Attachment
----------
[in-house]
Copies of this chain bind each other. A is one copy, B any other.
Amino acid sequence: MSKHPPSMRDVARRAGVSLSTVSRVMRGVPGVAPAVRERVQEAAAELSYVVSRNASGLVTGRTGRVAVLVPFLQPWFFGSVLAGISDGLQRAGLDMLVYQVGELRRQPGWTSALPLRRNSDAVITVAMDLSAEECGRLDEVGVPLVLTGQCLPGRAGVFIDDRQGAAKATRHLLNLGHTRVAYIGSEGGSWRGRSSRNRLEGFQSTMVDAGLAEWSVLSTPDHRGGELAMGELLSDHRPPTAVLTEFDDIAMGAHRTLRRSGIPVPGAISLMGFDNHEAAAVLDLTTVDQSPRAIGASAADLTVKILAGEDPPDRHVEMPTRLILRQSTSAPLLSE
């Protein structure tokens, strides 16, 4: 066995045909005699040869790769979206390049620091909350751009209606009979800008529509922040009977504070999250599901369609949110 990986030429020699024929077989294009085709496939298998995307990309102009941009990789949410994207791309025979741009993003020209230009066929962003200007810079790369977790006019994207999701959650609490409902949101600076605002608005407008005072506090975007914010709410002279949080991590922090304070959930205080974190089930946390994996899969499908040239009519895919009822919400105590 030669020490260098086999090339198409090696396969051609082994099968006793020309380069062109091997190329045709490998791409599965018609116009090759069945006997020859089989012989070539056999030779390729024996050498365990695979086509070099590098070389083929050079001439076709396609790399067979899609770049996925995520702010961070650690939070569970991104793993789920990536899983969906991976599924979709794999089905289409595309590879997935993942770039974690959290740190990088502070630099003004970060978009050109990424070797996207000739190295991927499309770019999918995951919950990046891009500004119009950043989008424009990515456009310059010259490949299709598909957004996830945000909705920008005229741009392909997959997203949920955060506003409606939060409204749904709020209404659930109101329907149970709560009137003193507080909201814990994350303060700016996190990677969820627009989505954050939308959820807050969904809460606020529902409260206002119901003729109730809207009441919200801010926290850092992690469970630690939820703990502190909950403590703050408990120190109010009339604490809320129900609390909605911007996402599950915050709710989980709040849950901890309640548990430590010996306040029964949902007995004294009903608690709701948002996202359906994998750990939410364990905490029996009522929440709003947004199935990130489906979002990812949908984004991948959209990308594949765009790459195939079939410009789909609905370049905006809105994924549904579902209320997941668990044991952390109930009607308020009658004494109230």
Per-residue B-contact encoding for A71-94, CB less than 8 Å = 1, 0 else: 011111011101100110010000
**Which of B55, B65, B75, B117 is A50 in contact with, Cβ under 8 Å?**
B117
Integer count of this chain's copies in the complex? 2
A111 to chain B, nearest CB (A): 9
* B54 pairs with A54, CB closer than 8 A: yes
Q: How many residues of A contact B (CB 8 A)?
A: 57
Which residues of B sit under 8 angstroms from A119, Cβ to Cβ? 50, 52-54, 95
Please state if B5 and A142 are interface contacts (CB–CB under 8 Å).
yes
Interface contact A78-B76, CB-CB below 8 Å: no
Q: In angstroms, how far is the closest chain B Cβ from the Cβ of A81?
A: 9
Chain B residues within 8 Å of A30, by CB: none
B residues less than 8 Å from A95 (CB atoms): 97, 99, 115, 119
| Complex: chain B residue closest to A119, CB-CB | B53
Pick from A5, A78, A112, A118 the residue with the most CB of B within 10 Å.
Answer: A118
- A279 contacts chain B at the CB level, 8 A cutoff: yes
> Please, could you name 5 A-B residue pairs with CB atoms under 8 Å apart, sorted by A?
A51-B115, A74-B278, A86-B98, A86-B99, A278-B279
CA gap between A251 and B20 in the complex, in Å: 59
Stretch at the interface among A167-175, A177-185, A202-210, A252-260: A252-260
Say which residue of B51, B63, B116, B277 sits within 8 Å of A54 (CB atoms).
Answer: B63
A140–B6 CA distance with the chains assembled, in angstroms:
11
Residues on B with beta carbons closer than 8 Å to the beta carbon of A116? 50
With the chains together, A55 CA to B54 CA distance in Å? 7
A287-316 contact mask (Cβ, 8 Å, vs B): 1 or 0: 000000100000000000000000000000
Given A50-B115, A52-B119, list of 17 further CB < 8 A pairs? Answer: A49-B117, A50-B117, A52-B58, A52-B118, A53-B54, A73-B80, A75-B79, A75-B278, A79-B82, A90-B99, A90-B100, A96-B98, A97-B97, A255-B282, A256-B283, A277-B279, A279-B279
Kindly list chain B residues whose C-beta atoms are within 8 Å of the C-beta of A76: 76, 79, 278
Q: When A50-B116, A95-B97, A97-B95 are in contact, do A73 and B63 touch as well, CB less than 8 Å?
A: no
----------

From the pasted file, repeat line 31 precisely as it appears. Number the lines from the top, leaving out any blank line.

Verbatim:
A140–B6 CA distance with the chains assembled, in angstroms: